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  • "Daddy, Talk!" Thoughts on Reading Early Picture Books
  • David Pritchard (bio)

For all my eagerness to begin reading to my newborn daughter, and for all the expectations I brought to the event, I find I can't remember the first book we read together, or for that matter the first dozen or two. Many of the books we spent so much time with during those early months of reading have long since disappeared. Others have gone back to the library or simply found their way to the trash. While some were certainly more appealing than others—more lovingly drawn, more thoughtfully designed—in actual practice there was little to set them apart from each other. Most anything to do with pictures and pages, particularly if they were cardboard, would answer.

What I do remember of those early picture books is the awkwardness and disappointment with which I first took them up, and a certain doubt as to just what I thought I was doing. Gathering my floppy little three-month-old onto my lap, thumbing through the stiff, usually wordless pages, I realized that my anticipation of this magic moment was all wrong. I'd been imagining something that clearly lay years ahead of us, something dreamy and intimate, faraway and enchanted—not this cartoon parade of doggies and kitties, shoes and umbrellas, hippos and spoons and bananas that I suddenly found facing me on the page.

How did one read such things, anyway? How did one get from these barnyard catalogues, these wild-animal alphabets, to the wondrous bedtime storybooks I remembered so fondly from my childhood? And wasn't it presumptuous of me to expect an infant, who barely knew where she left off and the world began, to be interested in some little white squares with lines and colors all over them? If it was amusement we wanted, there were blocks and balls and squeeze toys scattered throughout the apartment. If it was edification, an introduction to the world, why not sit down with the real thing on our lap—a hat, a fork, or one of our cats, assuming we could drag one of our cats out of hiding?

But of course we did read them, Kate's mom and me, and if initially they were little more than excuses to sit with Kate in our arms between naptimes, books were soon enough one of our liveliest pleasures, a part of our day together that, unlike any toy, grew along with us, keeping pace [End Page 64] with all the changes of those first two years. And now that we've left them behind, along with the backpack and diaper pail and stroller that seemed such permanent fixtures in our daily life, I look back on these first-word or early picture books as something much more than the mere forerunners of enchantment I had originally assumed them to be.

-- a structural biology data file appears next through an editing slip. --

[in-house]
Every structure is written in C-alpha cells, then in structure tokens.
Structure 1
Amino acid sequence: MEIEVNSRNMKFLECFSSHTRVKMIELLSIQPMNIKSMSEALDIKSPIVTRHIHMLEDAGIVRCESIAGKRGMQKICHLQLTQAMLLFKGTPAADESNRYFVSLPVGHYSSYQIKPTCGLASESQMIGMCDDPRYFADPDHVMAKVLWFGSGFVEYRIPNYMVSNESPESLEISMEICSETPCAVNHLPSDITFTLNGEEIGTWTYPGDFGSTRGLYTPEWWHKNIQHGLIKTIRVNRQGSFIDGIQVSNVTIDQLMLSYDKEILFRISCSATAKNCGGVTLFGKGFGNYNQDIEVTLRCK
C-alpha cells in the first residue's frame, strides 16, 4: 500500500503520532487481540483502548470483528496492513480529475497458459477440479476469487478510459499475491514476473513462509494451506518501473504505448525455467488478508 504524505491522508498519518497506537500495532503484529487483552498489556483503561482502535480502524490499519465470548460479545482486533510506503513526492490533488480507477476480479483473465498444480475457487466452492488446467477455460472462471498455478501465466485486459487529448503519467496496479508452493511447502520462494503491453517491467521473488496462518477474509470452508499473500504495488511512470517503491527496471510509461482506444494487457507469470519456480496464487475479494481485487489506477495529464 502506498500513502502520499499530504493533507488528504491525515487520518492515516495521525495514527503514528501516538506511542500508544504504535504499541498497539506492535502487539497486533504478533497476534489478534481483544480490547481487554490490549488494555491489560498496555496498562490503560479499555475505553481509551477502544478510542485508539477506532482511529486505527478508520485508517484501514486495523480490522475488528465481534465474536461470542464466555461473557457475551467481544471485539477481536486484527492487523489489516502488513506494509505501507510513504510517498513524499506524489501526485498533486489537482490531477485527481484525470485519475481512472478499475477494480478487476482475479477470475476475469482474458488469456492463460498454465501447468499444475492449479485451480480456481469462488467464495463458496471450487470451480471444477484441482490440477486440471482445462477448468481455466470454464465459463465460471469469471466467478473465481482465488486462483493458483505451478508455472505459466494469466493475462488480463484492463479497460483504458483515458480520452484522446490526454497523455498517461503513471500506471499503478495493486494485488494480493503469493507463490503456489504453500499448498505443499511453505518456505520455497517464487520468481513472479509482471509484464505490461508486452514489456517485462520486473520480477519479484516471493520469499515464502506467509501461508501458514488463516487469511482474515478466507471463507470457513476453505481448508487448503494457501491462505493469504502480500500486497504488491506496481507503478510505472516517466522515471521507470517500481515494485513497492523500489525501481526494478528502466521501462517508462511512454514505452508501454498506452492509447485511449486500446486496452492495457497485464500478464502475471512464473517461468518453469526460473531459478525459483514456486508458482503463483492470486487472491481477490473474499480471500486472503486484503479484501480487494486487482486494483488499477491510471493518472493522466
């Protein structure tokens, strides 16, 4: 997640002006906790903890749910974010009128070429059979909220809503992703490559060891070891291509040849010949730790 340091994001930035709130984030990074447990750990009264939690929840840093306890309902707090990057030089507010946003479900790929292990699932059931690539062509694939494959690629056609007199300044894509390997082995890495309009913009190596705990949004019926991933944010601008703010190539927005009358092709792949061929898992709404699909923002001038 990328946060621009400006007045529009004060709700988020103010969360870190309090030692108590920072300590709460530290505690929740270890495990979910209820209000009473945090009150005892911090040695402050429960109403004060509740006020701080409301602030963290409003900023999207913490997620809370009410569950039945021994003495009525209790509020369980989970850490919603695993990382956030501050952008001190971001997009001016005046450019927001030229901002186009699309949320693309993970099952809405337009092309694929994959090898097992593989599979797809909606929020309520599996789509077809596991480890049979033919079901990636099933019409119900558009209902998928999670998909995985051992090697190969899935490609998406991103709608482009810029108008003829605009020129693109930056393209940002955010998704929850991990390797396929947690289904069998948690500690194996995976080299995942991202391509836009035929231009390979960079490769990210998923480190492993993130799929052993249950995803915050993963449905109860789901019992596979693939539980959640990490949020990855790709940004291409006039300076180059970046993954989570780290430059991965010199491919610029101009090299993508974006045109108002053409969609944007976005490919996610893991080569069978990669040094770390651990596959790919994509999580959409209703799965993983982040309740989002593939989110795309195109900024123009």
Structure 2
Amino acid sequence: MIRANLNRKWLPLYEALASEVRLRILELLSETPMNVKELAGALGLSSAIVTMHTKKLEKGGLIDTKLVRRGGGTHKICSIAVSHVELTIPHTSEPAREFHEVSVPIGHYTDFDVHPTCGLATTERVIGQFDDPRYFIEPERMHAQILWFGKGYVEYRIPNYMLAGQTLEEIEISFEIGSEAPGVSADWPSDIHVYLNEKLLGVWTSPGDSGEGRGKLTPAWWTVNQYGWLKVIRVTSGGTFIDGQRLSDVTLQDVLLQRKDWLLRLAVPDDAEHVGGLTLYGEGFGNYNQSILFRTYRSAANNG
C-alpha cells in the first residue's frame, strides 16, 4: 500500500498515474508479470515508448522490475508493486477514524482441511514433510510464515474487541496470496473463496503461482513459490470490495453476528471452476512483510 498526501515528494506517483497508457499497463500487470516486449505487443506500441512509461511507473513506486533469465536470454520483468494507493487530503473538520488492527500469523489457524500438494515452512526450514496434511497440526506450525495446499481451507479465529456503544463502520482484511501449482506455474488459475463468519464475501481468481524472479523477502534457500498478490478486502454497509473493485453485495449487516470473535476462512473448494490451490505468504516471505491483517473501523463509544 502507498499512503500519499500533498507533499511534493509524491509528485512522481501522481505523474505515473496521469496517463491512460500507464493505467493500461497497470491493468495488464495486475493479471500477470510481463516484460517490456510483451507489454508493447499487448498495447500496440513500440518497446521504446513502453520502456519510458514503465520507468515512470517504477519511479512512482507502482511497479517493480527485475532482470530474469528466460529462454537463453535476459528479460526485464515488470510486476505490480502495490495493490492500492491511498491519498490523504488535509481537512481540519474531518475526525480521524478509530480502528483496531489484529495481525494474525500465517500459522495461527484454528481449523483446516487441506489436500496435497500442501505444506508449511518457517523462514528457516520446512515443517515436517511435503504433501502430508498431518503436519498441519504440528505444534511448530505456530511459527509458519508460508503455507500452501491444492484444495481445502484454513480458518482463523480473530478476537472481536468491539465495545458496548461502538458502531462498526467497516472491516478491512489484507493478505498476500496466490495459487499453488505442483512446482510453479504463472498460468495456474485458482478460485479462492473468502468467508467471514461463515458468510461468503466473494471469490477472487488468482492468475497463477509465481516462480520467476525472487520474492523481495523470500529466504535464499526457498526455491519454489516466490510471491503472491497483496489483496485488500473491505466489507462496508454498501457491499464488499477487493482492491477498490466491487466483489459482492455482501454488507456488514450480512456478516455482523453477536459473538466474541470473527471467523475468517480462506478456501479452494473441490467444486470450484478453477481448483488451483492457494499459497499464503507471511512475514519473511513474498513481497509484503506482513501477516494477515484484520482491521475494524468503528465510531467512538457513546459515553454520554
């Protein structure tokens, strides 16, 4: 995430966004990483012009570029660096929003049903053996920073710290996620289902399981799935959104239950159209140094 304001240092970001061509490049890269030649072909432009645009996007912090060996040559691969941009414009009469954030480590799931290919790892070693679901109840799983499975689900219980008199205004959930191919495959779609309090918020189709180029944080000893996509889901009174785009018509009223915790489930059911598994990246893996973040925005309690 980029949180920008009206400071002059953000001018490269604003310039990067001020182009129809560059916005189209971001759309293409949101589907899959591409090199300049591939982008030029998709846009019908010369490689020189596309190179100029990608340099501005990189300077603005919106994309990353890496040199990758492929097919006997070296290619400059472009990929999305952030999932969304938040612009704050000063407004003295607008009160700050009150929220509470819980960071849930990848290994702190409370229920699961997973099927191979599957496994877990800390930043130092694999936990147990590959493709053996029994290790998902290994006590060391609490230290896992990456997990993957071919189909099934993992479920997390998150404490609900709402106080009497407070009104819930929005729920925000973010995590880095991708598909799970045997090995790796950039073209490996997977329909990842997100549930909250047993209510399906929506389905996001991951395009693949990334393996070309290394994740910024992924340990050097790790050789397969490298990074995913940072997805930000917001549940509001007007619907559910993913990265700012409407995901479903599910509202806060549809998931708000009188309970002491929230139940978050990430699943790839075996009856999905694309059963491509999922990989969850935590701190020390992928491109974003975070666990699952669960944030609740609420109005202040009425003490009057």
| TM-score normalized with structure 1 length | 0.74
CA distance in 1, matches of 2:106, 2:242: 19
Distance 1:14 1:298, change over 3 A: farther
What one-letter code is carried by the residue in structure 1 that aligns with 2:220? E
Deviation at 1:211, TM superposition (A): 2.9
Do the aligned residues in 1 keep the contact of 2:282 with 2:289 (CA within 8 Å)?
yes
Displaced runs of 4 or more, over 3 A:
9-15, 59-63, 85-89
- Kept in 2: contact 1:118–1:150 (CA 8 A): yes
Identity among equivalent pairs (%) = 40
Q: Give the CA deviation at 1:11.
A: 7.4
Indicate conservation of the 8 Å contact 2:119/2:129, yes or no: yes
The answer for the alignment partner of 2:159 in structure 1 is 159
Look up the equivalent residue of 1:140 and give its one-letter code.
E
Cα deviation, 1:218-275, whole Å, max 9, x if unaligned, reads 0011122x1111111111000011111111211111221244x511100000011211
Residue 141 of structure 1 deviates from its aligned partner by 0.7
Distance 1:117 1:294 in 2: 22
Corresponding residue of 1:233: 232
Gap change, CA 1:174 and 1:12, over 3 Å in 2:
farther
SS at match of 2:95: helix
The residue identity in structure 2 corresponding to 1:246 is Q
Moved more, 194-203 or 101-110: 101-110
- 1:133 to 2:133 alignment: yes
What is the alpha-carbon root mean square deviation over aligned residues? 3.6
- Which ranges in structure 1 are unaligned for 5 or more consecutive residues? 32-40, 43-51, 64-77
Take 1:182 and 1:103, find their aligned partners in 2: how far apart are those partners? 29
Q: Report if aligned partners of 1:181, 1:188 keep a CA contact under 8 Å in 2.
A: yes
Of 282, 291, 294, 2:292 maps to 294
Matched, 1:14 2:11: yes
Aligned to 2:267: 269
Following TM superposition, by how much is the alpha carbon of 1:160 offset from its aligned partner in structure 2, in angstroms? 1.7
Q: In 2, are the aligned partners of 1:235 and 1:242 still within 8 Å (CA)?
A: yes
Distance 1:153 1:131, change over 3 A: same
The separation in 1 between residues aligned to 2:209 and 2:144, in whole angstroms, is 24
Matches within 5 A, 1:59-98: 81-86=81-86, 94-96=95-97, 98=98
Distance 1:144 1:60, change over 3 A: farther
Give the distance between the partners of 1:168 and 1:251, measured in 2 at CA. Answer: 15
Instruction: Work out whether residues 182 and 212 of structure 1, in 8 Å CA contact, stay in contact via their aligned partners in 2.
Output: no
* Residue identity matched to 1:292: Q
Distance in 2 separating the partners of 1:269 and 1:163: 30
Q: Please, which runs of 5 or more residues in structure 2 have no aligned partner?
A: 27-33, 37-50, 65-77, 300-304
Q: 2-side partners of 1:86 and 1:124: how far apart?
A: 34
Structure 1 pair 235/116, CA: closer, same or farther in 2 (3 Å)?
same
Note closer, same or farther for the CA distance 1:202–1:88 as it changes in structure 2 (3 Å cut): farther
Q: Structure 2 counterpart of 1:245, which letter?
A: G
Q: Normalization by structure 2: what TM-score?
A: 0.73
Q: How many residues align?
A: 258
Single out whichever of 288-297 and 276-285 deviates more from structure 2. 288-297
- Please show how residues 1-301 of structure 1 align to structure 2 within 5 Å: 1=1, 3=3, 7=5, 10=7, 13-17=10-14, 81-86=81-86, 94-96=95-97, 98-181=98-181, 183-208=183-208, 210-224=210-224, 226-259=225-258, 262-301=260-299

Curiously enough, it is not the pictures that come first to mind, but rather what one might call the picture-book voice. I might never have thought of this as a "voice" at all, in the same league with the magical story voice I'd felt cheated out of when I first sat down with these books, if it weren't for a happy misstatement on Kate's part, long after I had forgotten to wonder why it was we were bothering to study all those xylophones, yaks, and zebras. Almost two, and soon to put first-word books aside, Kate had taken to bossing us around the apartment with her newfound powers of language: "Daddy, walk!" she would order, or "Mommy, sit!," and a variety of similar commands which for a time made up our daily paces. But when she crawled into our lap with a book it was never "Daddy, read!"—though that was the word we'd always used ourselves—but rather "Daddy, talk!," or, with a subsequent leap of grammar, "Talk it!"

Well, of course. What I had persisted in thinking of as reading was simply talking about pictures, or more often than not talking for them, bringing them alive. Unlike the soothing lullabies and sing-song nursery rhymes that made up...


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pp. 64-69
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